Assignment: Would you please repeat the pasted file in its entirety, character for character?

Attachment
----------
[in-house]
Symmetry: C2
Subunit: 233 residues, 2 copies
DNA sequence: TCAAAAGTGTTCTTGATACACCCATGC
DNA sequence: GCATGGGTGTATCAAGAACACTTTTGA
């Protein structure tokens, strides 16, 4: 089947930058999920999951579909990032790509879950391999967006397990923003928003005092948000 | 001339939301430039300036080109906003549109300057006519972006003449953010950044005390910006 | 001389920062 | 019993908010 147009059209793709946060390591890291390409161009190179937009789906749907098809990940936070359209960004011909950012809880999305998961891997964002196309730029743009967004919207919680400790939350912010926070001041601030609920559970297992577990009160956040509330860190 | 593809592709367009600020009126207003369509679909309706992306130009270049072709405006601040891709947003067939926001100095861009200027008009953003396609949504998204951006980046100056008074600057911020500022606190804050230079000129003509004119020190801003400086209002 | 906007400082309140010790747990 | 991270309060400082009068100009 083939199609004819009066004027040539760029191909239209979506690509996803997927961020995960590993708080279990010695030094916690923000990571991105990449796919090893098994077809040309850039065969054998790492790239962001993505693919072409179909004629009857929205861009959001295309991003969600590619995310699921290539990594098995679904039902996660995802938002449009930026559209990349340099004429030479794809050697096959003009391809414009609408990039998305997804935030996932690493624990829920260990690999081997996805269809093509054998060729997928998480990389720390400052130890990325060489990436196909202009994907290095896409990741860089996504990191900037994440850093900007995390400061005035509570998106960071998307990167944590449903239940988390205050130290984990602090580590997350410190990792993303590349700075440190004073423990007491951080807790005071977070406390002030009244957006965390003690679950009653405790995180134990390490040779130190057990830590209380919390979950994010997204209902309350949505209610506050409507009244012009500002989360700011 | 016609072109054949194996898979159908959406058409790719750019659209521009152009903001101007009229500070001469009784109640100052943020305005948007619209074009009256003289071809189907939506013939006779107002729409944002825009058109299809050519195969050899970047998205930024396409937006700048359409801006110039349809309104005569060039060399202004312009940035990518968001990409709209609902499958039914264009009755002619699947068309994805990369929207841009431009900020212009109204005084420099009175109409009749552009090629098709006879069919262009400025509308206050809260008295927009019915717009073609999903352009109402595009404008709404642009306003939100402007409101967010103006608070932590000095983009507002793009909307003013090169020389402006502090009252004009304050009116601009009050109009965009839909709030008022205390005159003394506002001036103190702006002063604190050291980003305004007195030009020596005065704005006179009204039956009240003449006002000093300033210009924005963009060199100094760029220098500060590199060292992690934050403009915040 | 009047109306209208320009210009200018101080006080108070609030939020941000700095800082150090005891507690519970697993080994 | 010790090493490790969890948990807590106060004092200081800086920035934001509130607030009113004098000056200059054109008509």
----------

[in-house]
Symmetry: C2
Subunit: 233 residues, 2 copies
DNA sequence: TCAAAAGTGTTCTTGATACACCCATGC
DNA sequence: GCATGGGTGTATCAAGAACACTTTTGA
């Protein structure tokens, strides 16, 4: 089947930058999920999951579909990032790509879950391999967006397990923003928003005092948000 | 001339939301430039300036080109906003549109300057006519972006003449953010950044005390910006 | 001389920062 | 019993908010 147009059209793709946060390591890291390409161009190179937009789906749907098809990940936070359209960004011909950012809880999305998961891997964002196309730029743009967004919207919680400790939350912010926070001041601030609920559970297992577990009160956040509330860190 | 593809592709367009600020009126207003369509679909309706992306130009270049072709405006601040891709947003067939926001100095861009200027008009953003396609949504998204951006980046100056008074600057911020500022606190804050230079000129003509004119020190801003400086209002 | 906007400082309140010790747990 | 991270309060400082009068100009 083939199609004819009066004027040539760029191909239209979506690509996803997927961020995960590993708080279990010695030094916690923000990571991105990449796919090893098994077809040309850039065969054998790492790239962001993505693919072409179909004629009857929205861009959001295309991003969600590619995310699921290539990594098995679904039902996660995802938002449009930026559209990349340099004429030479794809050697096959003009391809414009609408990039998305997804935030996932690493624990829920260990690999081997996805269809093509054998060729997928998480990389720390400052130890990325060489990436196909202009994907290095896409990741860089996504990191900037994440850093900007995390400061005035509570998106960071998307990167944590449903239940988390205050130290984990602090580590997350410190990792993303590349700075440190004073423990007491951080807790005071977070406390002030009244957006965390003690679950009653405790995180134990390490040779130190057990830590209380919390979950994010997204209902309350949505209610506050409507009244012009500002989360700011 | 016609072109054949194996898979159908959406058409790719750019659209521009152009903001101007009229500070001469009784109640100052943020305005948007619209074009009256003289071809189907939506013939006779107002729409944002825009058109299809050519195969050899970047998205930024396409937006700048359409801006110039349809309104005569060039060399202004312009940035990518968001990409709209609902499958039914264009009755002619699947068309994805990369929207841009431009900020212009109204005084420099009175109409009749552009090629098709006879069919262009400025509308206050809260008295927009019915717009073609999903352009109402595009404008709404642009306003939100402007409101967010103006608070932590000095983009507002793009909307003013090169020389402006502090009252004009304050009116601009009050109009965009839909709030008022205390005159003394506002001036103190702006002063604190050291980003305004007195030009020596005065704005006179009204039956009240003449006002000093300033210009924005963009060199100094760029220098500060590199060292992690934050403009915040 | 009047109306209208320009210009200018101080006080108070609030939020941000700095800082150090005891507690519970697993080994 | 010790090493490790969890948990807590106060004092200081800086920035934001509130607030009113004098000056200059054109008509």